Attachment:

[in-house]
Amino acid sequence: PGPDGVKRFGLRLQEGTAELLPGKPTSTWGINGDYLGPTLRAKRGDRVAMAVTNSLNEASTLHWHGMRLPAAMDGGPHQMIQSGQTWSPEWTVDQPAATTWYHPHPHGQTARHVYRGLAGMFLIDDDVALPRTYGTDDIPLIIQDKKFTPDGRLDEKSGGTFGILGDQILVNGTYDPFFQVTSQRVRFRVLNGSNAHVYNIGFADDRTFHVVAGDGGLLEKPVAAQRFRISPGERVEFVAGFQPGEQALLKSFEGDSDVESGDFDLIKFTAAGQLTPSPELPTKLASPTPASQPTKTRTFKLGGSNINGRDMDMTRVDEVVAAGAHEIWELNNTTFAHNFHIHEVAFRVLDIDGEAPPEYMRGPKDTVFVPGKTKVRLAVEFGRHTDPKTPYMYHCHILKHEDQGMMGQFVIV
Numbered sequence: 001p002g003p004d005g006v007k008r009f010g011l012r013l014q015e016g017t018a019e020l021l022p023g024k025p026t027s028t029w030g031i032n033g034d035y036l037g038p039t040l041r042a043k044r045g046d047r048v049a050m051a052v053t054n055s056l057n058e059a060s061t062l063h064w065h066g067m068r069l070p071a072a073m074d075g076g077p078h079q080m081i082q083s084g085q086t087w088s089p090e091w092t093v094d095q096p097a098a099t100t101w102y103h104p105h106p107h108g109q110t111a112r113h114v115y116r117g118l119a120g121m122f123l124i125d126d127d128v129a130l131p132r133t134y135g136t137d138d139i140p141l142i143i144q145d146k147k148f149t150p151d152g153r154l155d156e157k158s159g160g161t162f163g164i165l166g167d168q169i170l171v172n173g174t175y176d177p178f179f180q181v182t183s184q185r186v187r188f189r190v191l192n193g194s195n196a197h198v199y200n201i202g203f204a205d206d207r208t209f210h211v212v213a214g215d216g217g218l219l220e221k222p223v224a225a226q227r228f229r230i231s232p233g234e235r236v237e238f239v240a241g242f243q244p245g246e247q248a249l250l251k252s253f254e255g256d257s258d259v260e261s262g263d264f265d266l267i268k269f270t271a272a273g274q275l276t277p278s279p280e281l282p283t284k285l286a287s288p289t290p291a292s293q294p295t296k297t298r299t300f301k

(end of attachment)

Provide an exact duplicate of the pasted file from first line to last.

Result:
[in-house]
Amino acid sequence: PGPDGVKRFGLRLQEGTAELLPGKPTSTWGINGDYLGPTLRAKRGDRVAMAVTNSLNEASTLHWHGMRLPAAMDGGPHQMIQSGQTWSPEWTVDQPAATTWYHPHPHGQTARHVYRGLAGMFLIDDDVALPRTYGTDDIPLIIQDKKFTPDGRLDEKSGGTFGILGDQILVNGTYDPFFQVTSQRVRFRVLNGSNAHVYNIGFADDRTFHVVAGDGGLLEKPVAAQRFRISPGERVEFVAGFQPGEQALLKSFEGDSDVESGDFDLIKFTAAGQLTPSPELPTKLASPTPASQPTKTRTFKLGGSNINGRDMDMTRVDEVVAAGAHEIWELNNTTFAHNFHIHEVAFRVLDIDGEAPPEYMRGPKDTVFVPGKTKVRLAVEFGRHTDPKTPYMYHCHILKHEDQGMMGQFVIV
Numbered sequence: 001p002g003p004d005g006v007k008r009f010g011l012r013l014q015e016g017t018a019e020l021l022p023g024k025p026t027s028t029w030g031i032n033g034d035y036l037g038p039t040l041r042a043k044r045g046d047r048v049a050m051a052v053t054n055s056l057n058e059a060s061t062l063h064w065h066g067m068r069l070p071a072a073m074d075g076g077p078h079q080m081i082q083s084g085q086t087w088s089p090e091w092t093v094d095q096p097a098a099t100t101w102y103h104p105h106p107h108g109q110t111a112r113h114v115y116r117g118l119a120g121m122f123l124i125d126d127d128v129a130l131p132r133t134y135g136t137d138d139i140p141l142i143i144q145d146k147k148f149t150p151d152g153r154l155d156e157k158s159g160g161t162f163g164i165l166g167d168q169i170l171v172n173g174t175y176d177p178f179f180q181v182t183s184q185r186v187r188f189r190v191l192n193g194s195n196a197h198v199y200n201i202g203f204a205d206d207r208t209f210h211v212v213a214g215d216g217g218l219l220e221k222p223v224a225a226q227r228f229r230i231s232p233g234e235r236v237e238f239v240a241g242f243q244p245g246e247q248a249l250l251k252s253f254e255g256d257s258d259v260e261s262g263d264f265d266l267i268k269f270t271a272a273g274q275l276t277p278s279p280e281l282p283t284k285l286a287s288p289t290p291a292s293q294p295t296k297t298r299t300f301k